[636] The Significance of Mucosal Eosinophilia in the Pediatric Colon

SM El Jamal, T Gibbons, E Davis, AG Saad. University of Arkansas for Medical Sciences, Little Rock, AR

Background: The exact number and pattern of colonic mucosal eosinophilia (CME) that is often associated with colonic disorders is largely unknown. The aim of this study is to evaluate the significance of CME in the pediatric population.
Design: Pediatric patients with colonic biopsies interpreted as normal (control) or increased mucosal eosinophilia (patients) seen in the pediatrics service are included in this study. Clinical presentations included abdominal pain, vomiting, abnormal bowel movements, and blood in stool. In each part of the colon, eosinophils were evaluated for various parameters including number, location (superficial vs. basal), distribution [clustering (EC) vs. scattered] and intraepithelial eosinophils (IEE). The number of eosinophils was generated by manually counting the number of eosinophils per hot spot at 40X magnification. A cluster of eosinophils is defined as a cluster of ≥5 eosinophils.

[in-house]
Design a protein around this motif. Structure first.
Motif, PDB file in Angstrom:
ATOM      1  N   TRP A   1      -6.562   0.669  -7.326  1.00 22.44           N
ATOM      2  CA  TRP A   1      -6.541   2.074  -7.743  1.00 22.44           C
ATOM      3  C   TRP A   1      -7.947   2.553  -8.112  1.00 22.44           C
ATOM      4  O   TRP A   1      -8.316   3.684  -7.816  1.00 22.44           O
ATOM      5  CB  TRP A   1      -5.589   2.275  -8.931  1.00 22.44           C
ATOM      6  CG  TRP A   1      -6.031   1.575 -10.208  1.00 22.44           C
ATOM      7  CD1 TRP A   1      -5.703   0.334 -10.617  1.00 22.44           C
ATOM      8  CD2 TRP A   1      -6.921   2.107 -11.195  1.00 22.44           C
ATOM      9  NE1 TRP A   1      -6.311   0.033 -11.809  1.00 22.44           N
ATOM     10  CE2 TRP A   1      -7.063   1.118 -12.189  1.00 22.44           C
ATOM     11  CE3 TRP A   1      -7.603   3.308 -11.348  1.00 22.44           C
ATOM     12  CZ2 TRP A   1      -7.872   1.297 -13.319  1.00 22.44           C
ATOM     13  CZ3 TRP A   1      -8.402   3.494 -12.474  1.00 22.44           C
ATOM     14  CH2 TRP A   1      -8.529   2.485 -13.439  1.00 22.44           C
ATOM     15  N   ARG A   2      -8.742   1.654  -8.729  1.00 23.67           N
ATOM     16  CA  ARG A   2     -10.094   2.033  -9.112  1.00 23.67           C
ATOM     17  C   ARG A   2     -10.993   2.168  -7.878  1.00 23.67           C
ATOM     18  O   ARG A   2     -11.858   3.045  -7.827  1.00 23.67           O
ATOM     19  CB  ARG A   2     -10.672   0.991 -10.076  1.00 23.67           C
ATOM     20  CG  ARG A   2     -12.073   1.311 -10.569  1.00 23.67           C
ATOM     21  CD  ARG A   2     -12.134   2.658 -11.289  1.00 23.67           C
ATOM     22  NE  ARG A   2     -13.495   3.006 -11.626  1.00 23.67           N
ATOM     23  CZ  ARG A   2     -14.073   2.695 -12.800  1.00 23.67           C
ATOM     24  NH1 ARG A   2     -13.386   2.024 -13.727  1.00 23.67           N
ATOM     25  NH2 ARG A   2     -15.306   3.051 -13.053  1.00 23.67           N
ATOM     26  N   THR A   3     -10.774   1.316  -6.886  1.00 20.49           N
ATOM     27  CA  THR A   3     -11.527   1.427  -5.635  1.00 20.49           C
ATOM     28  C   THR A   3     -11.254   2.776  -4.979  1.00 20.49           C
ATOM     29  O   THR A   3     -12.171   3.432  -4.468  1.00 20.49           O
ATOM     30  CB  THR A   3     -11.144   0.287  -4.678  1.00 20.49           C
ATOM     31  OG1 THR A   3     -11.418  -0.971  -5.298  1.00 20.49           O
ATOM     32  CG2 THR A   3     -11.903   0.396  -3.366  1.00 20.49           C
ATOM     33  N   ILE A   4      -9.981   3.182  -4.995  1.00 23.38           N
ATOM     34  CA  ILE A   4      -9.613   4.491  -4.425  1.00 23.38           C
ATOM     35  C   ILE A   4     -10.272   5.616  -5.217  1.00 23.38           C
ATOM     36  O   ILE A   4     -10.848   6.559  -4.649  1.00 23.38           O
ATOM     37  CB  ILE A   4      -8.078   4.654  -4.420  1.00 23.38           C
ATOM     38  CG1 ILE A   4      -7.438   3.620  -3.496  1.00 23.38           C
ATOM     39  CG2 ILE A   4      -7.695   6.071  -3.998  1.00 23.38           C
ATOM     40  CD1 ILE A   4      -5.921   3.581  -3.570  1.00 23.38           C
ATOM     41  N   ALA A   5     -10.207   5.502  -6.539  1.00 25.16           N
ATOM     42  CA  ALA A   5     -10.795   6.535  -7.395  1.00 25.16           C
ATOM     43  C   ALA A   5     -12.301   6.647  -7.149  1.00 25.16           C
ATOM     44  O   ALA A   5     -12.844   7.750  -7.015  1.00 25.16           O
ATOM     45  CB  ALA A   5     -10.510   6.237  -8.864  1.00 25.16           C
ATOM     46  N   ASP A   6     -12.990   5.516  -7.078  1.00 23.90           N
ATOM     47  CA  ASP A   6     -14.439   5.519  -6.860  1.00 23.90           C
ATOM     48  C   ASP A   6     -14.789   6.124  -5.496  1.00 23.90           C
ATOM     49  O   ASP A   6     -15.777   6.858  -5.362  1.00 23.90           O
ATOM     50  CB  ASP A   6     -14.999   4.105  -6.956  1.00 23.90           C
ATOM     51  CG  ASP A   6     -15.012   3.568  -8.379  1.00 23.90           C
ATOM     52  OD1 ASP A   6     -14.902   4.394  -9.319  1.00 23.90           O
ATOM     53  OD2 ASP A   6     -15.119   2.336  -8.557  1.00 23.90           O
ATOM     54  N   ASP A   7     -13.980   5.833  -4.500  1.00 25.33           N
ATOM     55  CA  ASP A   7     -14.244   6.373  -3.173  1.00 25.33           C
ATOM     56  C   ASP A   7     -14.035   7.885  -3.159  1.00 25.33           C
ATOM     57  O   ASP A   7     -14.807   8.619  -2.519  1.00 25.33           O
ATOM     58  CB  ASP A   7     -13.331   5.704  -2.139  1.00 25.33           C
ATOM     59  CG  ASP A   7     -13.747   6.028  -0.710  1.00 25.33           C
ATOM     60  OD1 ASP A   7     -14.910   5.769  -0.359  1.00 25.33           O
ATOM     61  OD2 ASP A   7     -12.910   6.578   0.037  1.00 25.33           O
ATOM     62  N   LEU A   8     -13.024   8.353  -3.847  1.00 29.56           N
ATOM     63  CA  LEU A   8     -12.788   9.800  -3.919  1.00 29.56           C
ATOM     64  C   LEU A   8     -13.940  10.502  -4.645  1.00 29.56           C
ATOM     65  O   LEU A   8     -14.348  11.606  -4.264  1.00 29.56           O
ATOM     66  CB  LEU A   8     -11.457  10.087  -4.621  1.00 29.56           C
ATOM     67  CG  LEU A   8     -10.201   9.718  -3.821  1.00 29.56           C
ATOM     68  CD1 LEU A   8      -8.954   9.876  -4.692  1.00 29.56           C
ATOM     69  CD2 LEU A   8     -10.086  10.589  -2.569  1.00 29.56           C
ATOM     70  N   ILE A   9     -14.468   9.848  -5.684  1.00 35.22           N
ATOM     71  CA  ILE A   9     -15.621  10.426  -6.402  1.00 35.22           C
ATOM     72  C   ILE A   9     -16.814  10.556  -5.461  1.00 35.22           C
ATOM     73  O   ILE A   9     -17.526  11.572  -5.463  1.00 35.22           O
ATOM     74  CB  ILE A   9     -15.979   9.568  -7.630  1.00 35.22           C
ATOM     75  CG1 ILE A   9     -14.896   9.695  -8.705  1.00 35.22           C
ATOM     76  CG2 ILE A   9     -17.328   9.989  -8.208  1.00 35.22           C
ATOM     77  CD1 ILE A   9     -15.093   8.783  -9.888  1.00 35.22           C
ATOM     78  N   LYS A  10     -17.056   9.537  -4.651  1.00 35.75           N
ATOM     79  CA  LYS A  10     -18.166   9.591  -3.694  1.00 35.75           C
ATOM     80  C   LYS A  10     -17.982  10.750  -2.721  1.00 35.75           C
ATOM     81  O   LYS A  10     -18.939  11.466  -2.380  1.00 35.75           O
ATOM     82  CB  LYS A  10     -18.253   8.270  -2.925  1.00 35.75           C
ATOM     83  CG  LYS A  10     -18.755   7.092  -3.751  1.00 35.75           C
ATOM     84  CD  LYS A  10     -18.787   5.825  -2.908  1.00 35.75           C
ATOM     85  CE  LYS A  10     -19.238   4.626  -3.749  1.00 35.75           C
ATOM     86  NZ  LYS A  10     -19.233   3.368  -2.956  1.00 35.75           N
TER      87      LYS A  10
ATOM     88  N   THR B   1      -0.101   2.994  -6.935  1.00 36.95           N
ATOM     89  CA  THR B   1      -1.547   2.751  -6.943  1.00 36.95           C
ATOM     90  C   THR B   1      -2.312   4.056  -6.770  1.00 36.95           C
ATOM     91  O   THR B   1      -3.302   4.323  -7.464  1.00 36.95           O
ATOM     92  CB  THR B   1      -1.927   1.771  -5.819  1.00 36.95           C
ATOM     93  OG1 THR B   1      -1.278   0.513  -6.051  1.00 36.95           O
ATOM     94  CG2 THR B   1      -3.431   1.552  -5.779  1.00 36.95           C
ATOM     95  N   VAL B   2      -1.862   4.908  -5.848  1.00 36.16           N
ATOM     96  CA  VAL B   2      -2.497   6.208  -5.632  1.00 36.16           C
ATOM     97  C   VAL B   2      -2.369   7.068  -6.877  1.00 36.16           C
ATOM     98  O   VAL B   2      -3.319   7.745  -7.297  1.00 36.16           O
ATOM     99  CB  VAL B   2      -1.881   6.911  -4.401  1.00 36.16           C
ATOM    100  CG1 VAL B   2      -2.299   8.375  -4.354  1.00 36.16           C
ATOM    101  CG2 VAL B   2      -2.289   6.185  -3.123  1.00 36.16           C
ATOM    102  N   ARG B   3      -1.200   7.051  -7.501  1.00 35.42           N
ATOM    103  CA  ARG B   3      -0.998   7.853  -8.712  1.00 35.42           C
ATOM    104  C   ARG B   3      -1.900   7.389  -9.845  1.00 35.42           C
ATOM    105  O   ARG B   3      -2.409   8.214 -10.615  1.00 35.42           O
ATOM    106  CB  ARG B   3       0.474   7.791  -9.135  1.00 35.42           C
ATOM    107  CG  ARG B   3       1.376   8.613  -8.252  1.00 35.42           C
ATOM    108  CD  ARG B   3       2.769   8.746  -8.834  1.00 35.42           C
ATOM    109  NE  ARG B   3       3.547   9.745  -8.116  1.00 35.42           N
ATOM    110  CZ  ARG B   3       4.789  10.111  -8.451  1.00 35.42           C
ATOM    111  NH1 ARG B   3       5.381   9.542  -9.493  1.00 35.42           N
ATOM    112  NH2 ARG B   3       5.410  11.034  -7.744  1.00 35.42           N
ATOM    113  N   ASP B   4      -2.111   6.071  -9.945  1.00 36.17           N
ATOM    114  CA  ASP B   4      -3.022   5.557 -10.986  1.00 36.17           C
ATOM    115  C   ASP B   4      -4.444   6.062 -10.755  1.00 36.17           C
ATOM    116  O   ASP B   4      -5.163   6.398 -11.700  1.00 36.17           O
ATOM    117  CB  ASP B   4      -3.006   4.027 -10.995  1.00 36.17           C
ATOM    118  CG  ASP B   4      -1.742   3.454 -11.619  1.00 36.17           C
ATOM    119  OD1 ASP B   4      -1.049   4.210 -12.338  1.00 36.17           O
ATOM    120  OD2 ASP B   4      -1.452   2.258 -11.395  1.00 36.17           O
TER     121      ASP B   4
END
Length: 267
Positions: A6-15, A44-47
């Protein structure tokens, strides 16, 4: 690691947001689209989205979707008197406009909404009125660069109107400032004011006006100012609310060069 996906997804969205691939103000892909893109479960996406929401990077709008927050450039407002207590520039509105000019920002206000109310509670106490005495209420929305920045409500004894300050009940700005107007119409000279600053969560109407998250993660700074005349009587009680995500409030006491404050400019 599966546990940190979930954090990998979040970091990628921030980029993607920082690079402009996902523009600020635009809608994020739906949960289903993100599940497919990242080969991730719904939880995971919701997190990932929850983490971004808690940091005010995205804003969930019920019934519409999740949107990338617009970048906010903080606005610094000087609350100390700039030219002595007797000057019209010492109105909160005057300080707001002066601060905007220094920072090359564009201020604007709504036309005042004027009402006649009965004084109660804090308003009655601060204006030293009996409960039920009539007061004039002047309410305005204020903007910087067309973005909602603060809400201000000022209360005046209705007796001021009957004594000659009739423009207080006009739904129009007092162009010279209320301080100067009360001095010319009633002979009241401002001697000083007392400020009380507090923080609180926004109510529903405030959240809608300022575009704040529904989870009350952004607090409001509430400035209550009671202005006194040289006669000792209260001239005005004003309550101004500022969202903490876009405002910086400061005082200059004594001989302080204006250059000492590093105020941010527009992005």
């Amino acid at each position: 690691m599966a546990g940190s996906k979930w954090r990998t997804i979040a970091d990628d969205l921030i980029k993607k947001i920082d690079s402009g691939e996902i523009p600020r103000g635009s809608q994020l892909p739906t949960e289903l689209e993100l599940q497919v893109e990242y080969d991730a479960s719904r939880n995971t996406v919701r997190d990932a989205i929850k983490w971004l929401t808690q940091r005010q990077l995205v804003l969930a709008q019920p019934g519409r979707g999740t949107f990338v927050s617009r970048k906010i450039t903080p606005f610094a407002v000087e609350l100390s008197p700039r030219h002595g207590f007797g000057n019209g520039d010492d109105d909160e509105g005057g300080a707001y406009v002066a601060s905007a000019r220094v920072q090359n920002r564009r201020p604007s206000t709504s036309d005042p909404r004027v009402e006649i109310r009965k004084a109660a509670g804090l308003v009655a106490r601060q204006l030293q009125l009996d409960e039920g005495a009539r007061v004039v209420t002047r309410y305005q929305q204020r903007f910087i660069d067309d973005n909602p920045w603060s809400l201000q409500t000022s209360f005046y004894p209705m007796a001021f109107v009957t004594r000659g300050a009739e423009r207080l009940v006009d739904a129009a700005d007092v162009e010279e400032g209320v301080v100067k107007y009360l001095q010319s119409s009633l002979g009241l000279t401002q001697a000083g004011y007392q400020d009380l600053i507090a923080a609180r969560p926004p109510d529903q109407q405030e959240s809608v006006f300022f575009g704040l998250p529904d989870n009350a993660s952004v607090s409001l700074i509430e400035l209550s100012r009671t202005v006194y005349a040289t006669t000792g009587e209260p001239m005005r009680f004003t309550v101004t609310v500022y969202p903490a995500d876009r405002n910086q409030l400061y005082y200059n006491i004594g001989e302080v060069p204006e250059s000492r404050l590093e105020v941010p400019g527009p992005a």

Results: The study consisted of 29 patients (14 patients and 15 controls) with complete clinical follow-up. Details of histologic findings are in table 1. Follow-up of the patients group found that 10 patients met the criteria of recurrent abdominal pain (RAP), 2 patients developed IBD and 2 patients were found to have parasitic infection. Of the control group, 13 patients were found to have extracolonic pathology such as H. pylori infection and gastro-esophageal reflux disorder; one patient developed IBD and another was found to have parasitic infection. Analysis of the data showed strong correlation between the presence of EC and IEE and the development of colonic diseases. the number of CME was a poor predictor of colonic diseases. There was no correlation between the distribution (superficial vs. basal) of eosinophils and the development of colonic diseases.

Parameter Patients (14)Controls (15)
Eosinophilic clustering13 (92.8%)1 (6.7%)
Epithelial eosinophils10 (71.4%)3 (20%)
Basally located eosinophils5 (35.7%)6 (40%)
Superficially located eosinophils4 (28.6%)5 (3.3%)
Number of eosinophils (mean ± SD):
Right colon (cecum and ascending)31.2 ± 12.124.1 ± 8.9
Transverse colon29.9 ± 10.924.3 ± 6.8
Left colon (descending and rectosigmoid)30.8 ± 19.521.4 ± 6.1

Conclusions: Our results show that the pattern of distribution of eosinophils within the colonic mucosa, in particular the presence of EC, is more important than the absolute number of eosinophils in predicting the existence of colonic diseases. The is a strong correlation between colonic eosinophilia and patients who carry a diagnosis of RAP.
Category: Gastrointestinal

Wednesday, March 24, 2010 9:30 AM

Poster Session V # 56, Wednesday Morning


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